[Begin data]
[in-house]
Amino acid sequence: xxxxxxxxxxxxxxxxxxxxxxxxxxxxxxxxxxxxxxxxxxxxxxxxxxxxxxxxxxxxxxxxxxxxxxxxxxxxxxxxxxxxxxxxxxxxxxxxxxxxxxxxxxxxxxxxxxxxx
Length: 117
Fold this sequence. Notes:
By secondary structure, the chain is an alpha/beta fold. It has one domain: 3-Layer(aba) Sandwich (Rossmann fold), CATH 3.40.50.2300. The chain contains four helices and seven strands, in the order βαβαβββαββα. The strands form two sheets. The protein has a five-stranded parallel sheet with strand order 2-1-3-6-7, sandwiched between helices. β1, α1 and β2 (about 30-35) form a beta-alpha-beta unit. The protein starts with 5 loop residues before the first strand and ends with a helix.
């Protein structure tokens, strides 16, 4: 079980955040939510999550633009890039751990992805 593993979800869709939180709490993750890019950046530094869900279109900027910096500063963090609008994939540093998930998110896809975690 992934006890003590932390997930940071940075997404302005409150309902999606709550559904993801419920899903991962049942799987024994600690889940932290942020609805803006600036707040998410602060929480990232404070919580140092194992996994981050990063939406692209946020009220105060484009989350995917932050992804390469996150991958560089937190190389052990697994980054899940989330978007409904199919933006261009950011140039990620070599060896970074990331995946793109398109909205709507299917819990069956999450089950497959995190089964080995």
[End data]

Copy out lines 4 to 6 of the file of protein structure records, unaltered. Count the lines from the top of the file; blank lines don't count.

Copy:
Fold this sequence. Notes:
By secondary structure, the chain is an alpha/beta fold. It has one domain: 3-Layer(aba) Sandwich (Rossmann fold), CATH 3.40.50.2300. The chain contains four helices and seven strands, in the order βαβαβββαββα. The strands form two sheets. The protein has a five-stranded parallel sheet with strand order 2-1-3-6-7, sandwiched between helices. β1, α1 and β2 (about 30-35) form a beta-alpha-beta unit. The protein starts with 5 loop residues before the first strand and ends with a helix.
């Protein structure tokens, strides 16, 4: 079980955040939510999550633009890039751990992805 593993979800869709939180709490993750890019950046530094869900279109900027910096500063963090609008994939540093998930998110896809975690 992934006890003590932390997930940071940075997404302005409150309902999606709550559904993801419920899903991962049942799987024994600690889940932290942020609805803006600036707040998410602060929480990232404070919580140092194992996994981050990063939406692209946020009220105060484009989350995917932050992804390469996150991958560089937190190389052990697994980054899940989330978007409904199919933006261009950011140039990620070599060896970074990331995946793109398109909205709507299917819990069956999450089950497959995190089964080995």